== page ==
Monthly Archives: May 2019

Impact Trek: How to Make Millions of Homes More Resilient

Just over a year ago, I was in Manila for a workshop on the design of PCDIP – the Philippines City Disaster Insurance Pool. Recognizing the Philippines as a country prone to earthquakes, typhoons and frequent flooding, as well as having a rapidly increasing economy, population and building stock, the design of PCDIP was funded by the Asian Development Bank and implemented by a consortium of consultants, led by RMS. The aim: to manage the risk that Philippine cities face from natural catastrophes through the use of parametric risk transfer, to give the cities a rapid source of funding when disaster strikes.

In March, I returned to Manila, alongside a team of both RMS colleagues and our clients on the annual RMS Impact Trek with Build Change – a longstanding RMS partner. RMS works closely with Build Change in promoting, and, crucially, implementing risk-reducing retrofit measures in low-income communities around the globe. This time, the focus of the trip was arguably less on risk transfer (as during my last visit to Manila), and more on risk reduction, because effective risk management must always be a combination of both – reduction and transfer.

Transferring risk from the first to the last dollar (or Philippine Peso…) is never efficient from a financial perspective; not to mention the non-financial benefits risk reduction measures can have on the lives and livelihoods of communities. At the same time, risk also cannot be fully “reduced away” – even after the most ambitious risk reduction measures some residual risk will always remain. And this is where risk transfer can provide vital protection, to ensure (or insure?) that adequate financial means are available in response to the most extreme catastrophe events.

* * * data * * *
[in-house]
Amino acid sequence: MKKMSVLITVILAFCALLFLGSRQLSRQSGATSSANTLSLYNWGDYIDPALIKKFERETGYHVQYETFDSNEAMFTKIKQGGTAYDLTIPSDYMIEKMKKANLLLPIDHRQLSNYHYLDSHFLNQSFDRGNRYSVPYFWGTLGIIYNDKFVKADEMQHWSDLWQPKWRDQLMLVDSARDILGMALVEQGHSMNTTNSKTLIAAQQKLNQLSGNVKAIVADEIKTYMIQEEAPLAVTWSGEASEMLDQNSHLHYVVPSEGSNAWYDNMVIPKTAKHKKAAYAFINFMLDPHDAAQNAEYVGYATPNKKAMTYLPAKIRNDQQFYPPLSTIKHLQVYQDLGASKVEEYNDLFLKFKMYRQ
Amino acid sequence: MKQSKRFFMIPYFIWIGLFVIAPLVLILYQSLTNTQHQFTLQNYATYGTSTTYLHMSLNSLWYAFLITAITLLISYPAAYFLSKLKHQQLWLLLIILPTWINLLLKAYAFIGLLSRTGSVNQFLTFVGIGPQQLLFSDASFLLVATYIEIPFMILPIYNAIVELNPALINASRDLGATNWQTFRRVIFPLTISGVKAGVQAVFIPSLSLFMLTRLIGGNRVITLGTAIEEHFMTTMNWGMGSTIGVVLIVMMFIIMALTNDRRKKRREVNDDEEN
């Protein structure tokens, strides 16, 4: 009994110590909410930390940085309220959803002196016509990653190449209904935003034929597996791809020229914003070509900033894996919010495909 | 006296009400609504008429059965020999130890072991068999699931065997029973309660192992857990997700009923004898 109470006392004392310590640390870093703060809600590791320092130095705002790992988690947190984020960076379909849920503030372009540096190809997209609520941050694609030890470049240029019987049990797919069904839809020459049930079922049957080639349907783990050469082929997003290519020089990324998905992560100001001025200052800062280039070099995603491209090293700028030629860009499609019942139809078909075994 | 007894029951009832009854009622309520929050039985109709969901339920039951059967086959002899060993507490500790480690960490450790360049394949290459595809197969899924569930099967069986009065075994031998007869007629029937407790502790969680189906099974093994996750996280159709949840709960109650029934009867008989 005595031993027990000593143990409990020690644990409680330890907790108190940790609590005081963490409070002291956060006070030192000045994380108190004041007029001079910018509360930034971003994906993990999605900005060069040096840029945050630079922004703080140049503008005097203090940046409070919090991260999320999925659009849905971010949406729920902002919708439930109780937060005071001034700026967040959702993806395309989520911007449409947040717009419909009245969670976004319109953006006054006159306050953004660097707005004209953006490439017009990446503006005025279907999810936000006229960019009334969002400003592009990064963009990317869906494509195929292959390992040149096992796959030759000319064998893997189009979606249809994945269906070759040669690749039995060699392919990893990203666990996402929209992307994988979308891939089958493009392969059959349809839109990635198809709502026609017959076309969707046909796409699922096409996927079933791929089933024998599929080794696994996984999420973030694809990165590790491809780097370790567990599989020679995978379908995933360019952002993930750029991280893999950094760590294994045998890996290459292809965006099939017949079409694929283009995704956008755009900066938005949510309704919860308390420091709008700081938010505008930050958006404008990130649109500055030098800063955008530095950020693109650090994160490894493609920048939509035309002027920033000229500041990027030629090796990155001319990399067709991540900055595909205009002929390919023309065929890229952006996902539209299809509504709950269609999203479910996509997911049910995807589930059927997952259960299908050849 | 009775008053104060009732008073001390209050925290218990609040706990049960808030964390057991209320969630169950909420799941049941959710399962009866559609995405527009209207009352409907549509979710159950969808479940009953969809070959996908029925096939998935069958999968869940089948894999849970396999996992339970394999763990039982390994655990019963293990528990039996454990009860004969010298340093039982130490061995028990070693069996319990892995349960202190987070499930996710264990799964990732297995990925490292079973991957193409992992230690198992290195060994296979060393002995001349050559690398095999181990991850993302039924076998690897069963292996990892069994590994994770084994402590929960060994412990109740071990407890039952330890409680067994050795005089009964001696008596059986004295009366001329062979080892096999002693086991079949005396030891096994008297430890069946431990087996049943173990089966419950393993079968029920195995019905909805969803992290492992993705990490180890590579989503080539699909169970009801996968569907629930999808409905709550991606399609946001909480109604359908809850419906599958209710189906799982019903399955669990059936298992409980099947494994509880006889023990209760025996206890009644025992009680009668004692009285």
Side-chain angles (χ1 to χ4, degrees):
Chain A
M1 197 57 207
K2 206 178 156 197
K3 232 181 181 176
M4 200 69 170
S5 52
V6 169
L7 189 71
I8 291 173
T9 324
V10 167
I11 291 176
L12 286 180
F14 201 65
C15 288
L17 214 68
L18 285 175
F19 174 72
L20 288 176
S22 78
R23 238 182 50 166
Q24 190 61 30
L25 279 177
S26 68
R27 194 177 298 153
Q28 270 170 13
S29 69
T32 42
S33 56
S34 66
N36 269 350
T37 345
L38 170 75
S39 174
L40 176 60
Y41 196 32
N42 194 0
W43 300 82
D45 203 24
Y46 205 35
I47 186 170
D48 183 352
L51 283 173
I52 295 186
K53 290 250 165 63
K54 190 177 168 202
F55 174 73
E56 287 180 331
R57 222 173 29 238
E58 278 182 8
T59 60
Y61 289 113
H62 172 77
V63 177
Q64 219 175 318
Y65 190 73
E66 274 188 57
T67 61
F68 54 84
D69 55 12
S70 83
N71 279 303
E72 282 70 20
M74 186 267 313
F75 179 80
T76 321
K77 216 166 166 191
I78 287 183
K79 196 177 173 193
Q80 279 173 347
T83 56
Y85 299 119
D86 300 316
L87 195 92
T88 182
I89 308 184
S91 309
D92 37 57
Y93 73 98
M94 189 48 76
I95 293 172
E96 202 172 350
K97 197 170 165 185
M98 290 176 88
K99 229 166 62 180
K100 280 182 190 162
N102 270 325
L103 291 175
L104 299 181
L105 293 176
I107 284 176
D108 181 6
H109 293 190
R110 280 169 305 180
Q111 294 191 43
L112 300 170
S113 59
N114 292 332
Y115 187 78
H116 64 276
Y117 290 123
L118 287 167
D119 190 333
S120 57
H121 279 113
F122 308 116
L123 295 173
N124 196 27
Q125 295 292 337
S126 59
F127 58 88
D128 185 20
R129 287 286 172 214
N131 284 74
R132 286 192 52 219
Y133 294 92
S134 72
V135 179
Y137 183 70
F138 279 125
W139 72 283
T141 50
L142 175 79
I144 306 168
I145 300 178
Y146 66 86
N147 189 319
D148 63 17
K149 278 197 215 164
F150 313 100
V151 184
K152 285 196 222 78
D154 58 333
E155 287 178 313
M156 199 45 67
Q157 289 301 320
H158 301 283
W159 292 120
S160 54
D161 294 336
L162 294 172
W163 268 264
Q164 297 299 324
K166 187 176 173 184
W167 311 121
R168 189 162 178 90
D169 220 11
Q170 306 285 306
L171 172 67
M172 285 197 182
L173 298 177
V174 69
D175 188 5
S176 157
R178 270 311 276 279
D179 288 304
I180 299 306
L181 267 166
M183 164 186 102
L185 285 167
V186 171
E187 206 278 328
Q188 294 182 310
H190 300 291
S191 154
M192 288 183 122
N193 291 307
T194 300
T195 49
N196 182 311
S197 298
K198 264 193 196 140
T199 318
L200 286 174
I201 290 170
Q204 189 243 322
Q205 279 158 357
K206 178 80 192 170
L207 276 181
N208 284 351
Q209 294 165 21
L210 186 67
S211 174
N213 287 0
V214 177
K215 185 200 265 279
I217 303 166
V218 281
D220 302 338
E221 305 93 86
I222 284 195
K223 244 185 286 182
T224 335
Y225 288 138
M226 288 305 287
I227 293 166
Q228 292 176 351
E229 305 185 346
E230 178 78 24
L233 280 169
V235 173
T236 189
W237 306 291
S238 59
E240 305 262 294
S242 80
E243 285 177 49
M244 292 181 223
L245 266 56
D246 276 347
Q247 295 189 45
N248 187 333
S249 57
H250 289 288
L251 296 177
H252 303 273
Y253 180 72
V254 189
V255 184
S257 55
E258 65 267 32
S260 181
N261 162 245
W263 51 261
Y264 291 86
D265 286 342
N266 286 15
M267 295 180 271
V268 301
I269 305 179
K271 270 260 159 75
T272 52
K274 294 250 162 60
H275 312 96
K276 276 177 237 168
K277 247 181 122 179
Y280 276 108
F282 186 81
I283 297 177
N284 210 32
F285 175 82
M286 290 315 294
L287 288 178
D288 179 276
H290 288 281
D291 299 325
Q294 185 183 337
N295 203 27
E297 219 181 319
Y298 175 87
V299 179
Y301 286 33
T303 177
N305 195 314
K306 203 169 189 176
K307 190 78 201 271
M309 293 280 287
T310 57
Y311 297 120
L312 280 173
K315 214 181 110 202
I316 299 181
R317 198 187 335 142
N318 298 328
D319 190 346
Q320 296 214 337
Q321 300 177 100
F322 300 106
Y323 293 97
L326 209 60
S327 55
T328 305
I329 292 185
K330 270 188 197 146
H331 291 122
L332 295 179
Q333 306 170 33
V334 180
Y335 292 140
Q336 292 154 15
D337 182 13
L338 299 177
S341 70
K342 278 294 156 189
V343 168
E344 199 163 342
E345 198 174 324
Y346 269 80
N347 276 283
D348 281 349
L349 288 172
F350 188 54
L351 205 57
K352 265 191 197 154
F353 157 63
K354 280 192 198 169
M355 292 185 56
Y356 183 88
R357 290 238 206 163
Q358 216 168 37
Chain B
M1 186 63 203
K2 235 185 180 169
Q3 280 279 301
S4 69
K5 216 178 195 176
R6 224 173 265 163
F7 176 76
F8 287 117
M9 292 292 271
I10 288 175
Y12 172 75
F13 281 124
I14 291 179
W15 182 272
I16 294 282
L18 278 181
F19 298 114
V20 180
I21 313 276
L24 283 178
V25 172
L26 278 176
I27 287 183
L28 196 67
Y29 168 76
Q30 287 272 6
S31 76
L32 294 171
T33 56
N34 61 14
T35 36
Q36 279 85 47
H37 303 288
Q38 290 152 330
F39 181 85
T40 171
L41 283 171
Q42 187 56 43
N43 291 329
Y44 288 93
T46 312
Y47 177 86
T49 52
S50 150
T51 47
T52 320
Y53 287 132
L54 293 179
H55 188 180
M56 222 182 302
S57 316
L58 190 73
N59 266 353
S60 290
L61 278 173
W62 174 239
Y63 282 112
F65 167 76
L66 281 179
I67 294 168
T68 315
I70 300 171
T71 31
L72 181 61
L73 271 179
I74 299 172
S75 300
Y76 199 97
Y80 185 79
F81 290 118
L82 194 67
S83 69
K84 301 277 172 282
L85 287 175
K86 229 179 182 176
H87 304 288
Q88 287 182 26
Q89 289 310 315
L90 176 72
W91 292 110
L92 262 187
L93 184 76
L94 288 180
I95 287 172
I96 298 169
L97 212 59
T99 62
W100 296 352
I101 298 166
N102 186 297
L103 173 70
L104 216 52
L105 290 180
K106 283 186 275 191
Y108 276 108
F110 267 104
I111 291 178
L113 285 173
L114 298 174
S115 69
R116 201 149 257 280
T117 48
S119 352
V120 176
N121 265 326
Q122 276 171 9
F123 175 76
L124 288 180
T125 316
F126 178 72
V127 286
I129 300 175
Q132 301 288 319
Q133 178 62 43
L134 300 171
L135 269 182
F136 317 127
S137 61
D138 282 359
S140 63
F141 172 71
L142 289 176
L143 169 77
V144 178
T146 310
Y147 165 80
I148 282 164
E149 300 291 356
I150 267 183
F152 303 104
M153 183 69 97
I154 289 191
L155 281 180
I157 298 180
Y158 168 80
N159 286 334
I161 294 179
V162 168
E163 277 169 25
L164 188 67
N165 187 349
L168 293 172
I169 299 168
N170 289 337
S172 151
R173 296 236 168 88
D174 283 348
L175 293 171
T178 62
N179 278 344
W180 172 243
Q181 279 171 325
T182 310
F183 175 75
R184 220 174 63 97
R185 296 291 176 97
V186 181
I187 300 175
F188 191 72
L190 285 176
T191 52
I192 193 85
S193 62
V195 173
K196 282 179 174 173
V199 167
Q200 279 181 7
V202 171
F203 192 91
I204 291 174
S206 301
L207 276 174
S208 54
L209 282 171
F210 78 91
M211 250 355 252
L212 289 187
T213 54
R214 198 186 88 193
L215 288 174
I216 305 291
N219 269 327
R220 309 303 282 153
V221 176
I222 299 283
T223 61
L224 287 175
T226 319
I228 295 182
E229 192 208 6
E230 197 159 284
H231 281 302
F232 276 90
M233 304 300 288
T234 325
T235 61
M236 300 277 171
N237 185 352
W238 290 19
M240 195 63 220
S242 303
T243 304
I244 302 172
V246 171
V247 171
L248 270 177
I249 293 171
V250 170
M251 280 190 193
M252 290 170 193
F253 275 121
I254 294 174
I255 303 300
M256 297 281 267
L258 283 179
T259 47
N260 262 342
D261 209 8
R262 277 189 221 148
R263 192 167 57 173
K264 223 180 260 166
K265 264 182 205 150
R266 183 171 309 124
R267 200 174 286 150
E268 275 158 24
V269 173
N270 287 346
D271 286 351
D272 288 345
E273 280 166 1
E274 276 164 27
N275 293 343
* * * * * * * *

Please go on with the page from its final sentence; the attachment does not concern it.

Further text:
During the Impact Trek, we spent a lot of time with the local Build Change team and some of their key partners – microfinance organizations, local and national government, and, most importantly, homeowners.

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Blue Chip Catastrophes

What do the 393 grounded Boeing 737 MAX aircraft have in common with BP’s “Deepwater Horizon” fire and uncontrolled oil release, or with Volkswagen’s (VW) “cheat technology” that ensured its diesel engine cars could pass stringent U.S. and European emissions test standards?

All three situations cost their respective companies tens of billions of dollars. Two of them concerned the development of in-house software that caused more self-inflicted damage to the company’s balance sheet than any corporate hit from an external cyberattack. And all three highlight defective risk management and regulation.

Volkswagen Group, BP and Boeing are all world class companies: ranked #18, #24 and #49 globally in the recently published Forbes Global 2000. For investors these are “blue chip” stocks: “… the stalwarts of industry – safe, stable, profitable and long-lasting companies, they represent safe, low volatility investments.” Investors might prefer to return to the original definition of “blue chip” in poker-playing, where it designates the highest value token but says nothing about the risk.

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EXPOSURE Magazine: Exploring the World of Risk Management

With the start of the U.S. wildfire season on the horizon, in the latest edition of EXPOSURE – the RMS magazine for risk management professionals, wildfire is our lead story, as we examine whether it now needs to be considered a peak peril. The 2017 and 2018 California wildfires have forced one of the biggest re-evaluations of a natural peril since Hurricane Andrew in 1992, as the industry begins to comprehend the potential loss severities.